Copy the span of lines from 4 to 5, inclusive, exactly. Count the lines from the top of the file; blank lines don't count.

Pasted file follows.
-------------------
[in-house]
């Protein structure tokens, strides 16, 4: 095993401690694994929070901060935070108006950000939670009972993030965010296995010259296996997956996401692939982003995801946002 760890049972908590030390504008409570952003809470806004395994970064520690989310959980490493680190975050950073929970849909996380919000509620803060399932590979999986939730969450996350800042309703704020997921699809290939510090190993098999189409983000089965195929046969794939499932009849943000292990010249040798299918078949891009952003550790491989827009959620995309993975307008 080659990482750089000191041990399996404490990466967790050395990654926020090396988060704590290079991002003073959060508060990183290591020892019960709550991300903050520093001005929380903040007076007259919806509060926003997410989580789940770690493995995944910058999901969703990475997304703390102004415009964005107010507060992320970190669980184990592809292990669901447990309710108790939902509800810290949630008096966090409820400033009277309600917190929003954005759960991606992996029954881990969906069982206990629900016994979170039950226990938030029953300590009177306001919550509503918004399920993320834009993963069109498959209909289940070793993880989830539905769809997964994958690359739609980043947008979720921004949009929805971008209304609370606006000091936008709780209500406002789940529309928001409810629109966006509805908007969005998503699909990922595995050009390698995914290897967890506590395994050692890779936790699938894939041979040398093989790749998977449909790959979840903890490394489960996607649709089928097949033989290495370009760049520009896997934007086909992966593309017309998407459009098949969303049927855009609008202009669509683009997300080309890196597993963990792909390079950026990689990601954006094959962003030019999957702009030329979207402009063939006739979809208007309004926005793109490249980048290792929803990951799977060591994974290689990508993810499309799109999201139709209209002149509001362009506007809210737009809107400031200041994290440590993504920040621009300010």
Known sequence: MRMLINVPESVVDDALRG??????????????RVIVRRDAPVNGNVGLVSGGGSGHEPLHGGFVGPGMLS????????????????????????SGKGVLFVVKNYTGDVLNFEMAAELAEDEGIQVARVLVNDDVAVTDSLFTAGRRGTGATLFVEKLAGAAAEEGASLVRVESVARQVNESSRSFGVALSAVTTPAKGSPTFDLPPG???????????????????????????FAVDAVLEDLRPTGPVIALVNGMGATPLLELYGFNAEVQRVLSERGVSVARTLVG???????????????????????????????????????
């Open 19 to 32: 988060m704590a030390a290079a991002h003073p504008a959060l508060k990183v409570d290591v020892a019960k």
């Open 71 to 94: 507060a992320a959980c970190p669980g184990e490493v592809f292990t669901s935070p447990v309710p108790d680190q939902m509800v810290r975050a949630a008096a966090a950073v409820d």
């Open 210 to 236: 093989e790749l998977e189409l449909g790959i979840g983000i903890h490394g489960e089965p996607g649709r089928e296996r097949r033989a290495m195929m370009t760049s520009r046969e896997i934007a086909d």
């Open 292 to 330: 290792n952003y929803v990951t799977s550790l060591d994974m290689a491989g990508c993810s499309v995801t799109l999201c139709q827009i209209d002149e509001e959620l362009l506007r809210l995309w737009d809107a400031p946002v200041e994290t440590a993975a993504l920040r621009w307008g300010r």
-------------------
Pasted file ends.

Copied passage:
């Open 19 to 32: 988060m704590a030390a290079a991002h003073p504008a959060l508060k990183v409570d290591v020892a019960k």
């Open 71 to 94: 507060a992320a959980c970190p669980g184990e490493v592809f292990t669901s935070p447990v309710p108790d680190q939902m509800v810290r975050a949630a008096a966090a950073v409820d």